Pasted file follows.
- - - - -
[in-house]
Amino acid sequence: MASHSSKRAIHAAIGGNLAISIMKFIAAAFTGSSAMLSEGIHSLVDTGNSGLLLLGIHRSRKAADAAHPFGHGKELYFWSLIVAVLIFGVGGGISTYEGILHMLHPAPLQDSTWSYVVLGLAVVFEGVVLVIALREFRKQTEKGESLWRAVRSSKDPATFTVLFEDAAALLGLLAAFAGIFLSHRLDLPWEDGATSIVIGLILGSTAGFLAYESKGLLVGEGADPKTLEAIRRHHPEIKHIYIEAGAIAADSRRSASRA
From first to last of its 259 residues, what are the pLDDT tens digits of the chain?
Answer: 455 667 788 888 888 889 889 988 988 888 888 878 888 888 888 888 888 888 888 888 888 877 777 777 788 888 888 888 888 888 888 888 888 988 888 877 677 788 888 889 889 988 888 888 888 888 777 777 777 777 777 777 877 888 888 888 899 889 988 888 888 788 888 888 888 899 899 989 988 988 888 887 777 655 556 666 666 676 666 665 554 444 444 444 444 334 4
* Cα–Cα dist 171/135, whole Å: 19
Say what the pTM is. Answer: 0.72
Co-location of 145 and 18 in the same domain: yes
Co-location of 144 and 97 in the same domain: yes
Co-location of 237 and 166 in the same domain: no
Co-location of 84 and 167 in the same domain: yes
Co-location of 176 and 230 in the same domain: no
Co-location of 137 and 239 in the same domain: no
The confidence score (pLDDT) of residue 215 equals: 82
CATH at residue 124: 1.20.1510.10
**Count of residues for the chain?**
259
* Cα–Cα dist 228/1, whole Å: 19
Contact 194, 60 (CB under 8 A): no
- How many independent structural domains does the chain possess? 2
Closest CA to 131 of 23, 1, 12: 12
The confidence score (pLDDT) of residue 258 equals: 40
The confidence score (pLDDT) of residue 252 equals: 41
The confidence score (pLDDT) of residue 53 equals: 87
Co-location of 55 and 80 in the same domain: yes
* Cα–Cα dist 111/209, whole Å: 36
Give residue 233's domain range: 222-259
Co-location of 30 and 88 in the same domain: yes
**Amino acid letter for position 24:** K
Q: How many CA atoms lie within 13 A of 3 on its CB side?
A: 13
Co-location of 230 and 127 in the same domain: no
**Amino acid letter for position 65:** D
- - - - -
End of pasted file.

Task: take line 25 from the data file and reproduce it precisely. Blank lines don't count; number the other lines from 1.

* Cα–Cα dist 111/209, whole Å: 36